The 50th anniversary of the 1951 Convention on the Status of Refugees falls this year, offering the occasion to reflect on the Convention’s continuing relevance.
In order to explore the way ahead for refugee protection it is important to situate the Convention and the refugee protection regime in its present context. What is the Convention and what is it not, as an instrument of refugee protection today?
One area of debate and conflict between states with ‘mature’ individually-based refugee determination systems and many NGOs and academics concerns access by asylum seekers and the way they are treated once they gain access.
The international protection of refugees, considered the responsibility of the international community, has a long and distinguished history dating back to the first efforts of the League of Nations.
The 1951 Geneva Convention, an instrument to protect the rights of those displaced outside their countries of origin, has turned 50. Instead of being universally celebrated as a cornerstone of international human rights policy, it has come under attack. It is ironic that much of the sniping has come from those same countries which were present and active at its birth, such as the United Kingdom. The close connections between Ireland and Britain in terms of population movements and the designation of a common travel area give rise to fears that the Convention may be undermined in the Republic of Ireland. If this happened it would be sadly ironic at a time when both parts of the island are striving to build peace and a culture of human rights.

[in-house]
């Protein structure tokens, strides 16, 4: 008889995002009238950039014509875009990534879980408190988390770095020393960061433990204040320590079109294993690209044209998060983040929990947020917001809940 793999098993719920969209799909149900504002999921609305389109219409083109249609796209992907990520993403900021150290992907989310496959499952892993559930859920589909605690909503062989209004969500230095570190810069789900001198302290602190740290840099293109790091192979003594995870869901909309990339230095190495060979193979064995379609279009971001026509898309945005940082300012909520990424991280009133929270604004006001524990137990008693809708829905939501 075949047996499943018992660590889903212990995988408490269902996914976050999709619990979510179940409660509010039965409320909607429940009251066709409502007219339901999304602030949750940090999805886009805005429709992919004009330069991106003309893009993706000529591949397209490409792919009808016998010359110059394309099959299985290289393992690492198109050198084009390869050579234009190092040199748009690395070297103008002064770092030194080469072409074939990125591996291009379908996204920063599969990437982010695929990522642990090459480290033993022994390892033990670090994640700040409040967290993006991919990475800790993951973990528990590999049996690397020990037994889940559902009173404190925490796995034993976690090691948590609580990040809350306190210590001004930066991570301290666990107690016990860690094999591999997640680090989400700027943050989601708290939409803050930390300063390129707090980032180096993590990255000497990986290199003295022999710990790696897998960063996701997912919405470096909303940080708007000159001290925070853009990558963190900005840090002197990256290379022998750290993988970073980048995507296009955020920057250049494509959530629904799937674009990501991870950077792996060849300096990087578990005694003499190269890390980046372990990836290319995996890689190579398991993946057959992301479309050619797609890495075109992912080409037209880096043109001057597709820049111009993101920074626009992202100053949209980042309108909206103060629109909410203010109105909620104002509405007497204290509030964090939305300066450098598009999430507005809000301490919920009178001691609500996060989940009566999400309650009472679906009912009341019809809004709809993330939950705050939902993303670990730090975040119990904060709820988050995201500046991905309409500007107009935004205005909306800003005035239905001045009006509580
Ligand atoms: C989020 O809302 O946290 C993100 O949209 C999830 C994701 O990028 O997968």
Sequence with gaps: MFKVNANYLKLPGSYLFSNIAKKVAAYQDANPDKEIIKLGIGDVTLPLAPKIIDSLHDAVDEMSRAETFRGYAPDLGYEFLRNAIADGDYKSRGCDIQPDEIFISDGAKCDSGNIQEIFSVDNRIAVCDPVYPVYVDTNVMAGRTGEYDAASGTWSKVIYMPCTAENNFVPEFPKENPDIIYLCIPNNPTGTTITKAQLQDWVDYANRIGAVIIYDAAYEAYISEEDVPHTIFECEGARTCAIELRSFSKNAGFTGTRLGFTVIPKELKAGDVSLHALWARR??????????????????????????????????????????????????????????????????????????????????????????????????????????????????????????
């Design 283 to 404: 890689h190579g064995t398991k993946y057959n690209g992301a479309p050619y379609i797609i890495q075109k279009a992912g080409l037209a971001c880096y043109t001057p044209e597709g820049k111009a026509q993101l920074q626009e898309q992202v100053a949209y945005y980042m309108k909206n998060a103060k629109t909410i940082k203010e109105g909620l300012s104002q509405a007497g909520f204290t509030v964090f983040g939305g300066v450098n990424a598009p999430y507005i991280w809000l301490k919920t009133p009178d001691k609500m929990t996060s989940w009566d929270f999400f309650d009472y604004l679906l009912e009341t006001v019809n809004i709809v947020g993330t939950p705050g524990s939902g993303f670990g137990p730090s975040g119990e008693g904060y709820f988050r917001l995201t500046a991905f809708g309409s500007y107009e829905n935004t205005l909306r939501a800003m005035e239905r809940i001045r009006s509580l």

Integration of refugees into a host society has long been seen by UNHCR as a permanent solution to the refugee issue.
Since 1947, 30-40 million people have crossed the borders of South Asian states in search of refuge and almost every country has produced and/or received refugees.
In over 40 countries, in literally all regions of the world, 20-25m people are displaced as a result of conflict and human rights violations. Millions more have been uprooted due to natural or man-made disasters.
“We would never push refugees across a border at gunpoint,” replied the UNHCR official.
As Yugoslavia disintegrated, the town of Prijedor in northwest Bosnia and Herzegovina witnessed one of the worst examples of ethnic cleansing during the 1992-1995 war.
The establishment of UNHCR in 1951 and the parallel negotiations for the UN Refugee Convention were the first pillars in a permanent programme of international protection for refugees.